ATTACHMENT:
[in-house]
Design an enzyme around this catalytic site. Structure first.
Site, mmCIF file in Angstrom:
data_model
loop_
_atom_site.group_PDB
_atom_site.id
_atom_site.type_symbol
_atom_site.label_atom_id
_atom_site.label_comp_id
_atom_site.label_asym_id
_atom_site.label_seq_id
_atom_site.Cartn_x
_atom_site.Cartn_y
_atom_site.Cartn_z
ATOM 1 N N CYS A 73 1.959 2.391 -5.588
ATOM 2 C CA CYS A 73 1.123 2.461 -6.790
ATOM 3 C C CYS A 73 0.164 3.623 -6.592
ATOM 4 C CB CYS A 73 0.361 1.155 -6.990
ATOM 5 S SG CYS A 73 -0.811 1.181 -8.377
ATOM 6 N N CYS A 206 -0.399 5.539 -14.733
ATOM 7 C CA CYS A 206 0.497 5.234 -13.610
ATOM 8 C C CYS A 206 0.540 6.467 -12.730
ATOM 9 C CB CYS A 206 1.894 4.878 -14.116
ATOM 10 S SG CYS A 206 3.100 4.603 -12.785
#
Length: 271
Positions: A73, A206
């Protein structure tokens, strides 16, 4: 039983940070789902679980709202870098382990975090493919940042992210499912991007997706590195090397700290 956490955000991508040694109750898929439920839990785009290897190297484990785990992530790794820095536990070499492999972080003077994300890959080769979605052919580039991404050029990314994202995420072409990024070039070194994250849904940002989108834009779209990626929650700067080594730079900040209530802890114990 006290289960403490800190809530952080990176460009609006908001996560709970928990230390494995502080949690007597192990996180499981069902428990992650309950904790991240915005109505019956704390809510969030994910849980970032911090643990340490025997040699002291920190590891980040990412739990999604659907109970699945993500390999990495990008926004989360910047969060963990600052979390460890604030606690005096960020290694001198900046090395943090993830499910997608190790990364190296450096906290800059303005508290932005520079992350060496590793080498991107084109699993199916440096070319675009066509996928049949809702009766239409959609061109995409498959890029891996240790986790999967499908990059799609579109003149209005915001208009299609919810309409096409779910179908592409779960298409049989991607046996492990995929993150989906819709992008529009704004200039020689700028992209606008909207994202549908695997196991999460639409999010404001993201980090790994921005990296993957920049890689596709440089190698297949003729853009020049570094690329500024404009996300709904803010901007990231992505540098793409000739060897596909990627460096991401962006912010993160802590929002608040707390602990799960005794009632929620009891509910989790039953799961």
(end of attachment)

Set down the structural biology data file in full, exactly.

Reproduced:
[in-house]
Design an enzyme around this catalytic site. Structure first.
Site, mmCIF file in Angstrom:
data_model
loop_
_atom_site.group_PDB
_atom_site.id
_atom_site.type_symbol
_atom_site.label_atom_id
_atom_site.label_comp_id
_atom_site.label_asym_id
_atom_site.label_seq_id
_atom_site.Cartn_x
_atom_site.Cartn_y
_atom_site.Cartn_z
ATOM 1 N N CYS A 73 1.959 2.391 -5.588
ATOM 2 C CA CYS A 73 1.123 2.461 -6.790
ATOM 3 C C CYS A 73 0.164 3.623 -6.592
ATOM 4 C CB CYS A 73 0.361 1.155 -6.990
ATOM 5 S SG CYS A 73 -0.811 1.181 -8.377
ATOM 6 N N CYS A 206 -0.399 5.539 -14.733
ATOM 7 C CA CYS A 206 0.497 5.234 -13.610
ATOM 8 C C CYS A 206 0.540 6.467 -12.730
ATOM 9 C CB CYS A 206 1.894 4.878 -14.116
ATOM 10 S SG CYS A 206 3.100 4.603 -12.785
#
Length: 271
Positions: A73, A206
């Protein structure tokens, strides 16, 4: 039983940070789902679980709202870098382990975090493919940042992210499912991007997706590195090397700290 956490955000991508040694109750898929439920839990785009290897190297484990785990992530790794820095536990070499492999972080003077994300890959080769979605052919580039991404050029990314994202995420072409990024070039070194994250849904940002989108834009779209990626929650700067080594730079900040209530802890114990 006290289960403490800190809530952080990176460009609006908001996560709970928990230390494995502080949690007597192990996180499981069902428990992650309950904790991240915005109505019956704390809510969030994910849980970032911090643990340490025997040699002291920190590891980040990412739990999604659907109970699945993500390999990495990008926004989360910047969060963990600052979390460890604030606690005096960020290694001198900046090395943090993830499910997608190790990364190296450096906290800059303005508290932005520079992350060496590793080498991107084109699993199916440096070319675009066509996928049949809702009766239409959609061109995409498959890029891996240790986790999967499908990059799609579109003149209005915001208009299609919810309409096409779910179908592409779960298409049989991607046996492990995929993150989906819709992008529009704004200039020689700028992209606008909207994202549908695997196991999460639409999010404001993201980090790994921005990296993957920049890689596709440089190698297949003729853009020049570094690329500024404009996300709904803010901007990231992505540098793409000739060897596909990627460096991401962006912010993160802590929002608040707390602990799960005794009632929620009891509910989790039953799961």